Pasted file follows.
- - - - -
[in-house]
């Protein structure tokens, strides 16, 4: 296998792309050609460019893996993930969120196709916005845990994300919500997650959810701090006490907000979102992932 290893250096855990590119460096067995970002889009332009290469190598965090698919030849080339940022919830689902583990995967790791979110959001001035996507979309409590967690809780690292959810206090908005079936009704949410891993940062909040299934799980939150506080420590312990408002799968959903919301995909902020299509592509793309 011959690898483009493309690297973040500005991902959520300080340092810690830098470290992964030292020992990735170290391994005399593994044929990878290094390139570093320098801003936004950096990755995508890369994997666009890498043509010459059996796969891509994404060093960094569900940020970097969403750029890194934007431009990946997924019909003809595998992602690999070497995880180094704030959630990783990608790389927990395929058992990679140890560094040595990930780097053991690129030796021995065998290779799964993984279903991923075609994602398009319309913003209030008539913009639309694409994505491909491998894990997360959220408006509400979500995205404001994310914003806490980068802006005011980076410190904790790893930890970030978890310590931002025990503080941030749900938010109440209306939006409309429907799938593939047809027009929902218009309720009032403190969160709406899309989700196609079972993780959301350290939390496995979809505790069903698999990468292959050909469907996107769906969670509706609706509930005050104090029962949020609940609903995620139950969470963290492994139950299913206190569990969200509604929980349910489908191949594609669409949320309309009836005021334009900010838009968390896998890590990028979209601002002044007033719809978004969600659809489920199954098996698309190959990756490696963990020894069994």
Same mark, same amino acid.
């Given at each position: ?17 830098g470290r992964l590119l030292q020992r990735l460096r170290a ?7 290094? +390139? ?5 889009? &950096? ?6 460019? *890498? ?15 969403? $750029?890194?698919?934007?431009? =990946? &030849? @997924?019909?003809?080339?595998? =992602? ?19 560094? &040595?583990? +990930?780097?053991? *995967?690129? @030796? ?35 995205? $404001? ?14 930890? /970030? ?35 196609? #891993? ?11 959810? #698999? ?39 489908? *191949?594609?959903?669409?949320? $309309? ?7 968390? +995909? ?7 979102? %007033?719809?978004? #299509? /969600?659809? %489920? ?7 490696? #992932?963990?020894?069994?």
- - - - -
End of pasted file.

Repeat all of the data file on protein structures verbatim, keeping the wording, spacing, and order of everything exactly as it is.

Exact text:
[in-house]
């Protein structure tokens, strides 16, 4: 296998792309050609460019893996993930969120196709916005845990994300919500997650959810701090006490907000979102992932 290893250096855990590119460096067995970002889009332009290469190598965090698919030849080339940022919830689902583990995967790791979110959001001035996507979309409590967690809780690292959810206090908005079936009704949410891993940062909040299934799980939150506080420590312990408002799968959903919301995909902020299509592509793309 011959690898483009493309690297973040500005991902959520300080340092810690830098470290992964030292020992990735170290391994005399593994044929990878290094390139570093320098801003936004950096990755995508890369994997666009890498043509010459059996796969891509994404060093960094569900940020970097969403750029890194934007431009990946997924019909003809595998992602690999070497995880180094704030959630990783990608790389927990395929058992990679140890560094040595990930780097053991690129030796021995065998290779799964993984279903991923075609994602398009319309913003209030008539913009639309694409994505491909491998894990997360959220408006509400979500995205404001994310914003806490980068802006005011980076410190904790790893930890970030978890310590931002025990503080941030749900938010109440209306939006409309429907799938593939047809027009929902218009309720009032403190969160709406899309989700196609079972993780959301350290939390496995979809505790069903698999990468292959050909469907996107769906969670509706609706509930005050104090029962949020609940609903995620139950969470963290492994139950299913206190569990969200509604929980349910489908191949594609669409949320309309009836005021334009900010838009968390896998890590990028979209601002002044007033719809978004969600659809489920199954098996698309190959990756490696963990020894069994």
Same mark, same amino acid.
């Given at each position: ?17 830098g470290r992964l590119l030292q020992r990735l460096r170290a ?7 290094? +390139? ?5 889009? &950096? ?6 460019? *890498? ?15 969403? $750029?890194?698919?934007?431009? =990946? &030849? @997924?019909?003809?080339?595998? =992602? ?19 560094? &040595?583990? +990930?780097?053991? *995967?690129? @030796? ?35 995205? $404001? ?14 930890? /970030? ?35 196609? #891993? ?11 959810? #698999? ?39 489908? *191949?594609?959903?669409?949320? $309309? ?7 968390? +995909? ?7 979102? %007033?719809?978004? #299509? /969600?659809? %489920? ?7 490696? #992932?963990?020894?069994?």